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Cause Magazine • Special University Supplement


Michelle Obama, also worked for the University, founding the University of Chicago Community Service Center, and later serving as the Vice President of External Affairs for the University of Chicago. Diversity


UC works at diversifying its faculty, student body, and staff, and in creating a climate that is welcoming of all individuals regardless of race, sex, gender, sexual orientation, religion, nationality, or disability.


Leading in the Sciences


It was at Chicago that REM sleep was discovered and carbon 14 dating was developed. “Our scientists laid the mathematical foundations of genetic evolution; executed the first controlled, self- sustaining nuclear chain reaction; conceived the study of black holes; and performed the nation’s first living-donor liver transplant.” Winning Awards and Accolades “Eighty-one recipients of the Nobel Prize have been students, researchers, or faculty here. Since 1979, 12 of Chicago’s faculty have been honored with the prize—three in physics, eight in eco- nomics, and one in literature. Our creative writers and scholars have recently won the Pulitzer Prize, the National Medal of Science, the Grammy award, and the MacArthur Foundation “genius” grant, among other major awards. Even undergraduates have the opportunity to study with a Nobel laureate here.” Crossing Boundaries “At Chicago, campus and community are interconnected in partnerships that serve both to support the community and train future policymakers, social workers, artists, and social and politi- cal leaders. The University of Chicago Charter School, run by the Center for Urban School Improvement, serves Chicago pub- lic school students with four campuses for students in pre-kinder- garten through high school. The Mandel Legal Aid Clinic teach- es Law School students advocacy skills, professional ethics, and the effect of legal institutions on the poor, while assisting indigent clients. While the University of Chicago contributes specifically to the metropolis, the city in turn serves as a living laboratory for addressing social issues on a national and global scale.” UC believes that rigorous inquiry demands diverse perspec- tive. UC opened its door to women and minorities from the very beginning, a time when they seldom had access to other leading uni- versities. It was the first major university to enroll women on an equal basis with men, as well as the first major, predominantly white university to offer a black professor a tenured position, in 1947. President Barak Obama taught constitutional law at the University of Chicago for 12 years, from 1992 until his election to the United States Senate in 2004. His wife, First Lady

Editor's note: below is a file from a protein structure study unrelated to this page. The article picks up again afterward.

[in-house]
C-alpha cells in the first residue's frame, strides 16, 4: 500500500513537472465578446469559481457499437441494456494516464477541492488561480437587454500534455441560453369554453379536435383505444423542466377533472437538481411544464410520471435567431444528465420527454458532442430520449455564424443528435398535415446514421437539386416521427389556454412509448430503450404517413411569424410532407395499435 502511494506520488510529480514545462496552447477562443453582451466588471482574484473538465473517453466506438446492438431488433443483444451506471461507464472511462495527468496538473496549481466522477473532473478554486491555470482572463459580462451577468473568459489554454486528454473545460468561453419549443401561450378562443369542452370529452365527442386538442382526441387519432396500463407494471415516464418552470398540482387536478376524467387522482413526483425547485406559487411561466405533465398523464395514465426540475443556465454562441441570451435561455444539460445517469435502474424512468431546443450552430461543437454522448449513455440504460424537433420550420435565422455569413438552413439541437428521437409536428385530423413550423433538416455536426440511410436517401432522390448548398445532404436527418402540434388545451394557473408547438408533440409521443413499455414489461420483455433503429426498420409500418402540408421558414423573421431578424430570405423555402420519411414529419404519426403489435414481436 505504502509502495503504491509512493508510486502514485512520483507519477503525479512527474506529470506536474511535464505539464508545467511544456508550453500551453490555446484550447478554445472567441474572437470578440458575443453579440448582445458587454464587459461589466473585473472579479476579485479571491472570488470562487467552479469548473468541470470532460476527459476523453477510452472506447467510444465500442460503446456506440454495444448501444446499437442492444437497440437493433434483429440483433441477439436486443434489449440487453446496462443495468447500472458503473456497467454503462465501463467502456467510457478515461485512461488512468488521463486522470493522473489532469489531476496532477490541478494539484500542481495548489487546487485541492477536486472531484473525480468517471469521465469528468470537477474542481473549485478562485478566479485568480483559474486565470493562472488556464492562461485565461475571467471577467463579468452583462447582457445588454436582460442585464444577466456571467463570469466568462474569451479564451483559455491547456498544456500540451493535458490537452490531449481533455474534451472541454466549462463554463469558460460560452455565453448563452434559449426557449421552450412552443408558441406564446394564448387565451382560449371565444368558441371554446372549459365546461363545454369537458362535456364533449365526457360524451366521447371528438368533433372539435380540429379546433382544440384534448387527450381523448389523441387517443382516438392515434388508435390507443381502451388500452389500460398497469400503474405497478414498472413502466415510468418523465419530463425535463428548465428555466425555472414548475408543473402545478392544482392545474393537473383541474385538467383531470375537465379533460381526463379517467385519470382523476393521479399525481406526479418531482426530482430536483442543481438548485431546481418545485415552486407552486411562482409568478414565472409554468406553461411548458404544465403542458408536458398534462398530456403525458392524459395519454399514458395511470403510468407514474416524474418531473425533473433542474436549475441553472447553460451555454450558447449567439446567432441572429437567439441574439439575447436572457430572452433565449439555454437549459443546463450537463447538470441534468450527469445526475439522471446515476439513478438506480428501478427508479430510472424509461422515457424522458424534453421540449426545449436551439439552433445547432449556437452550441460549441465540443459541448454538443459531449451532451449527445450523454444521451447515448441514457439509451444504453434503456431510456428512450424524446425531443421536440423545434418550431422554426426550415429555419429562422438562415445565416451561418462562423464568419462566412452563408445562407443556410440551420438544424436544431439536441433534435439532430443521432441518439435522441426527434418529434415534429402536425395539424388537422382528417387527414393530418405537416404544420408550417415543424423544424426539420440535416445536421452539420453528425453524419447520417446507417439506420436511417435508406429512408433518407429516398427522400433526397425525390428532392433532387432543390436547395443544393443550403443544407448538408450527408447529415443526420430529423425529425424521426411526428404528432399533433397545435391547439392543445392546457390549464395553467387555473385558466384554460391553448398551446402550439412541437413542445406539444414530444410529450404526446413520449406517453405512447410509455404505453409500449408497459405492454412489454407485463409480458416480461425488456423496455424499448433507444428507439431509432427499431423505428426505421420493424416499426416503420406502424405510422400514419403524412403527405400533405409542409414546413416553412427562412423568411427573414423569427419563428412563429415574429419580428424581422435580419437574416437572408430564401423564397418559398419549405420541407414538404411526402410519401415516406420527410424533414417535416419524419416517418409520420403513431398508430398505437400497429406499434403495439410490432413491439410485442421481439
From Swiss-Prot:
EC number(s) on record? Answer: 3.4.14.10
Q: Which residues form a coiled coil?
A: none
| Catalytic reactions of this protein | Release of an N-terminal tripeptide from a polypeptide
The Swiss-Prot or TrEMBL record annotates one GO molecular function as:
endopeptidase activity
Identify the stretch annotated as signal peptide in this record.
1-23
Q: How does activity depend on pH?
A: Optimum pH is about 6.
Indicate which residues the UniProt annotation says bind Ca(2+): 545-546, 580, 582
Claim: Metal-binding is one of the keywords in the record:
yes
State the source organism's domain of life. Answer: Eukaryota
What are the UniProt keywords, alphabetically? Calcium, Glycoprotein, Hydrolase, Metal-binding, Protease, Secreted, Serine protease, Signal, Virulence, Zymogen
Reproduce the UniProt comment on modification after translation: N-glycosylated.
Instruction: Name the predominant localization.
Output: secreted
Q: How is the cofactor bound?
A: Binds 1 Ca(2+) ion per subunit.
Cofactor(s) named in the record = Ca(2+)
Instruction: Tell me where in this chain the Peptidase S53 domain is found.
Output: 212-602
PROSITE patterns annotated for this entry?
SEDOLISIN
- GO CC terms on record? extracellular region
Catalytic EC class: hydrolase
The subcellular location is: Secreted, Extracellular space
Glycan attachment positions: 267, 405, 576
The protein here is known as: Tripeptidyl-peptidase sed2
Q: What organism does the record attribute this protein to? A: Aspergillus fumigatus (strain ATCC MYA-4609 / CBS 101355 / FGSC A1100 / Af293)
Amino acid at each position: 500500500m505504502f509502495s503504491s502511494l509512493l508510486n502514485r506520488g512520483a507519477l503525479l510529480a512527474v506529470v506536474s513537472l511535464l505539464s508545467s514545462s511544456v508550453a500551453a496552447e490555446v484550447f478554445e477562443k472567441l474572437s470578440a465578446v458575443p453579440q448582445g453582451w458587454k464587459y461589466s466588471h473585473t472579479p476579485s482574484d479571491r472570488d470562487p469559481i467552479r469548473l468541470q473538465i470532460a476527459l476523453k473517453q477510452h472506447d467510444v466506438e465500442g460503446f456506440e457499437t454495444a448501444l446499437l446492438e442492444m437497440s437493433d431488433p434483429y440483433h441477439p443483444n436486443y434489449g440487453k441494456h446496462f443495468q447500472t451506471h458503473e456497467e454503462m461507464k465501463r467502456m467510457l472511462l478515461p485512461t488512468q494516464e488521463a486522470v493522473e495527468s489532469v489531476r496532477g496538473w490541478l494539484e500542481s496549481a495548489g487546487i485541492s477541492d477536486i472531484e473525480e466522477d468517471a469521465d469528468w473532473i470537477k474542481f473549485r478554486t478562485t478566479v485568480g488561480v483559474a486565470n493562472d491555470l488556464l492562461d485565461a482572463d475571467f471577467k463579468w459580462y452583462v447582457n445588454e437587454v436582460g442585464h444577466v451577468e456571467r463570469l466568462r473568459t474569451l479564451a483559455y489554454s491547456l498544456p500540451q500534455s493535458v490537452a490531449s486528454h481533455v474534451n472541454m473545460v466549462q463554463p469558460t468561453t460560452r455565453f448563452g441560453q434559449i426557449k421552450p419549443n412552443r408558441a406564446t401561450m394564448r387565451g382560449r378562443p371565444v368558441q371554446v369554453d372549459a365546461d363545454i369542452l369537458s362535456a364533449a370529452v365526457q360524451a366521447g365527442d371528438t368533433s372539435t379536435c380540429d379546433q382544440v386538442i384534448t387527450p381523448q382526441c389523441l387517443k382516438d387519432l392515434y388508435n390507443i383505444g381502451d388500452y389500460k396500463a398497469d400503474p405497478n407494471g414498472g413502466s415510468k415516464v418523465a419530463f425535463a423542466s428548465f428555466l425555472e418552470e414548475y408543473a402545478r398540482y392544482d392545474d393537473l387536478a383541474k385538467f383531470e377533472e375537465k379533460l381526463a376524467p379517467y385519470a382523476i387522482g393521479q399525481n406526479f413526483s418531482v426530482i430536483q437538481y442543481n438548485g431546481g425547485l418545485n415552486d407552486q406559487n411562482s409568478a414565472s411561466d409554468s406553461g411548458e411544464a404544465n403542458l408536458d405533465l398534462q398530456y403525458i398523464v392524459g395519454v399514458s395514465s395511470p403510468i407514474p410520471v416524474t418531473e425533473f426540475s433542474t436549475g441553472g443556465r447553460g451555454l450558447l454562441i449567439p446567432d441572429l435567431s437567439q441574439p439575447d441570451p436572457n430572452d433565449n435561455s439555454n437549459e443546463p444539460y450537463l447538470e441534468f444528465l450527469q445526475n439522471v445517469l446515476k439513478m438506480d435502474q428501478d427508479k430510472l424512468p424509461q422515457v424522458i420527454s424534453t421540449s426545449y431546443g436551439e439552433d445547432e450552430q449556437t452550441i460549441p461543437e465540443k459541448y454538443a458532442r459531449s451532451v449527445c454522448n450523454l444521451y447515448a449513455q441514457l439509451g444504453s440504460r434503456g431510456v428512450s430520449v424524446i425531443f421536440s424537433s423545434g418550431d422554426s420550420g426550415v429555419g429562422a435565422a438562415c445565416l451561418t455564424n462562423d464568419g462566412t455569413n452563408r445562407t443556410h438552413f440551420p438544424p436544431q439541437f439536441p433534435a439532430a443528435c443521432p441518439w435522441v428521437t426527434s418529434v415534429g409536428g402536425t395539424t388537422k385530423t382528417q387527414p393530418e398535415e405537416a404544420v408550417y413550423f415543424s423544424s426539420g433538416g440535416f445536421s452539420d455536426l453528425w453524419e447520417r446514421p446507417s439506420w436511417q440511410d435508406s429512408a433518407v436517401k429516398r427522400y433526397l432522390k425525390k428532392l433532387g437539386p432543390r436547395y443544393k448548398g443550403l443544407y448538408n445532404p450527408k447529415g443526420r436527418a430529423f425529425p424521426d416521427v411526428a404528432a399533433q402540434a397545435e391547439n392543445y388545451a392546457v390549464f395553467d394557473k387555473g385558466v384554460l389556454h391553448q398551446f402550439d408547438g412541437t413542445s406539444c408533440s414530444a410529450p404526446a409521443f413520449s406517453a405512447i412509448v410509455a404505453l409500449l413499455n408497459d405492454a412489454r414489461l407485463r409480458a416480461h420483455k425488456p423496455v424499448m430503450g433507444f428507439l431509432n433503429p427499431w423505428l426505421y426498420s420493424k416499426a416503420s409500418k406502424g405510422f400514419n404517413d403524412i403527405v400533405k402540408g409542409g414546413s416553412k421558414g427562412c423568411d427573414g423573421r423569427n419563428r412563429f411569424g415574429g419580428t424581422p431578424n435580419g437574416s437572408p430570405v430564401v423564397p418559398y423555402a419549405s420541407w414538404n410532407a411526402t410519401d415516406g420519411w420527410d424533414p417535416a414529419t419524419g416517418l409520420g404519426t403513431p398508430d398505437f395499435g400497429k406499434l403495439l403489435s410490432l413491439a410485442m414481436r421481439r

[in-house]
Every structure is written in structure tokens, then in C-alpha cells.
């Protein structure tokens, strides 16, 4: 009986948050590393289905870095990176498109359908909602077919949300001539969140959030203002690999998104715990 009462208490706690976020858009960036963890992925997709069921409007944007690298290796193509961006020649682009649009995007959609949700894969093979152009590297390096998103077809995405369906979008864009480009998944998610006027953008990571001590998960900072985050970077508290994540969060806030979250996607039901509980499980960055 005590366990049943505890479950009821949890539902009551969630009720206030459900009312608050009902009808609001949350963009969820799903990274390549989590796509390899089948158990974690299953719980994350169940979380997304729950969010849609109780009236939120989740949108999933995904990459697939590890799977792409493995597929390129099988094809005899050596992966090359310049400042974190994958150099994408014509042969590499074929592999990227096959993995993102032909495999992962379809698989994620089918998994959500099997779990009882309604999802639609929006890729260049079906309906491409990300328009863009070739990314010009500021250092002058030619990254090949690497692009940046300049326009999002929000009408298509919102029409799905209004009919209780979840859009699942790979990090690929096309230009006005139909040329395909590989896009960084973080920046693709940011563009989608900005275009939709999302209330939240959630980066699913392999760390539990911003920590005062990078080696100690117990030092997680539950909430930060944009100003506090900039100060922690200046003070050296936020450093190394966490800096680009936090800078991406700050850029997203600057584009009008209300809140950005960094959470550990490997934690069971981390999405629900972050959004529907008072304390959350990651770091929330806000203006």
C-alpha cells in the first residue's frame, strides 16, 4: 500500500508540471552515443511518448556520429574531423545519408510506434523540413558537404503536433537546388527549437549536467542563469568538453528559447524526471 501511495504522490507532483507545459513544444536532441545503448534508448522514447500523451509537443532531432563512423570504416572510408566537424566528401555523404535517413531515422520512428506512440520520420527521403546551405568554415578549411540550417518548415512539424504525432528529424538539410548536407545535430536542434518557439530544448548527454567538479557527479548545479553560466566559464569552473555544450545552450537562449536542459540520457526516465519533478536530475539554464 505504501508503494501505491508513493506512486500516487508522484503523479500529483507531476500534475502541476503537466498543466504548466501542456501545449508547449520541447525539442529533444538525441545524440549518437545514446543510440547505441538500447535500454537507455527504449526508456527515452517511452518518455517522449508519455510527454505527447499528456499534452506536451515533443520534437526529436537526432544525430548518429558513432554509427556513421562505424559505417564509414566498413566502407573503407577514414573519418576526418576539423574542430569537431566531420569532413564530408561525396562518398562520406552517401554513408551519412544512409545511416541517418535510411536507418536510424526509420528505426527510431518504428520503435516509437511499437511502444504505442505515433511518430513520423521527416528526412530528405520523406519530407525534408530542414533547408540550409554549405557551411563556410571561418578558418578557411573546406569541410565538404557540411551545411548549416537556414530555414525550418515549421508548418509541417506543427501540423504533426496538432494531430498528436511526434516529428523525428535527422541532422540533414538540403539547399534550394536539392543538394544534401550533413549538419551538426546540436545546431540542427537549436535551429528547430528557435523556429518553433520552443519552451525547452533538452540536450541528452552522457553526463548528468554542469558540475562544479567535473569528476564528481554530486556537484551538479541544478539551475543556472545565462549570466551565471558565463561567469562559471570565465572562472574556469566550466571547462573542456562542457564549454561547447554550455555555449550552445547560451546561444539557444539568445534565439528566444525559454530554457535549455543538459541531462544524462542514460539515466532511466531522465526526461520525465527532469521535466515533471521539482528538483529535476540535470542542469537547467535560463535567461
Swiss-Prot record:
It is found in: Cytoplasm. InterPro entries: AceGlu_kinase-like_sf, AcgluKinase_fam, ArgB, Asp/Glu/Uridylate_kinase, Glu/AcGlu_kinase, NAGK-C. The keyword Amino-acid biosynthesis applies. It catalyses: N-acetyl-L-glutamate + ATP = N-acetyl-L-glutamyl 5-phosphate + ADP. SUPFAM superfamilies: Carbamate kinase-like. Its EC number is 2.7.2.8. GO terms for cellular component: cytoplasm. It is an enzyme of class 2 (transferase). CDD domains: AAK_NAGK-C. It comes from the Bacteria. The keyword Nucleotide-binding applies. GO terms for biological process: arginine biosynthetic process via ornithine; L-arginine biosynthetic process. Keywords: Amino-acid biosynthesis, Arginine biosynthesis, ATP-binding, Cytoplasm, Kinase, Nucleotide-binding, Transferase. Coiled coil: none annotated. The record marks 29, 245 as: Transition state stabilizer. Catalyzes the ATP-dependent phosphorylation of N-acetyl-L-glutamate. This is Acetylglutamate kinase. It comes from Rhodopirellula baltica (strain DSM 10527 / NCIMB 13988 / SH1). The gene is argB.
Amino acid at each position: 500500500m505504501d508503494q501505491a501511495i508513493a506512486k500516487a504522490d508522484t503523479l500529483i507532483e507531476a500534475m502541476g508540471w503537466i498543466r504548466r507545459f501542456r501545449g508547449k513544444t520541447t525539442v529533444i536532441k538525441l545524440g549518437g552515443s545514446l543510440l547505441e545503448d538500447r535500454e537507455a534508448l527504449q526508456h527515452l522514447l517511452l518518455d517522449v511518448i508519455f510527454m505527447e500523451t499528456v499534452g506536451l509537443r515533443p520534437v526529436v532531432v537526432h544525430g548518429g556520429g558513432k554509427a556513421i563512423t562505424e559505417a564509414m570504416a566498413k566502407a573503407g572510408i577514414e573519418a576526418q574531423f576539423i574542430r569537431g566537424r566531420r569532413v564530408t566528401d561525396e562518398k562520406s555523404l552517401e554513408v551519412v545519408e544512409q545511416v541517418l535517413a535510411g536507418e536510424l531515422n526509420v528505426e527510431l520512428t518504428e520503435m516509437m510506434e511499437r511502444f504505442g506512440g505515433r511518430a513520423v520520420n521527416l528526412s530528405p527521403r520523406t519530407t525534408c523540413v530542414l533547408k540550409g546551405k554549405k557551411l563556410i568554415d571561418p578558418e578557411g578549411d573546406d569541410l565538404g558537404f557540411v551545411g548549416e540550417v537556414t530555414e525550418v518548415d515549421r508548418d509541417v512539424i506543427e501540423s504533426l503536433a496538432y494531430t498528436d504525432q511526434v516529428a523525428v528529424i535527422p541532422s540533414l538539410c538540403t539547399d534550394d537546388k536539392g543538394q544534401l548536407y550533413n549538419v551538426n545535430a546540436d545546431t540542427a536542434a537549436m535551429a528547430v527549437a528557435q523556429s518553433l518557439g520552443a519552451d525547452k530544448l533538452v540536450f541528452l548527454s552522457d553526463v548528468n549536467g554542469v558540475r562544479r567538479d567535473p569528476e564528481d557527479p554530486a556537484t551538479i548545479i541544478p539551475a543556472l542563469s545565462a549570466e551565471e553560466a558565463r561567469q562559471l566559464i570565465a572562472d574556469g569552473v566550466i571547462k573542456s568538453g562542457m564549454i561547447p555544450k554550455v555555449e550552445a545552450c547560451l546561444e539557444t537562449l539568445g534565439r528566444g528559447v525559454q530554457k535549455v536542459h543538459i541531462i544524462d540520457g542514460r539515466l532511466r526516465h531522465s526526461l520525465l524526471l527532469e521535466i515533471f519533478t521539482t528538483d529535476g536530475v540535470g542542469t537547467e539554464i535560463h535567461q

“Diversity helps students confront perspectives other than their own and thus to think more vigorously and imaginatively; it helps students learn to relate better to persons from different backgrounds; it helps students become better citizens. The edu- cational benefits of student diversity include the discovery that there is a broad range of viewpoint and experience within any given minority community—as well as learning that certain imag- ined differences at times turn out to be only skin deep. On the basis of both research and personal experience, we believe that classes of students from diverse backgrounds, taught by faculty of varied backgrounds, will create a richer and better educational experience. Productive intellectual exchange depends not only on the intelligence and talent of individual students, but also on the experiences and values they bring to the table. Homogeneity per- petuates unchallenged assumptions—the very antithesis of what the University stands for.” --Ken Warren Deputy Provost for Research & Minority Issues.


Arts & Culture


The University of Chicago has also made significant contri- butions to the arts. It is also the birthplace of improvisational comedy, and is home to museums, theater, concerts, and lectures. With more than 300 campus student organizations for graduate and undergraduate students, there is always a multitude of activ- ities and events on campus. Plus of course, the wealth of attrac- tions that the city of Chicago has to offer.


In 2007, the University of Chicago received a $35 million donation to be used toward the construction of the Reva and David Logan Center for Creative and Performing Arts. This new arts center "will be a venue for the artistic expression and multidisciplinary inquiry, performance and production of our faculty and students."


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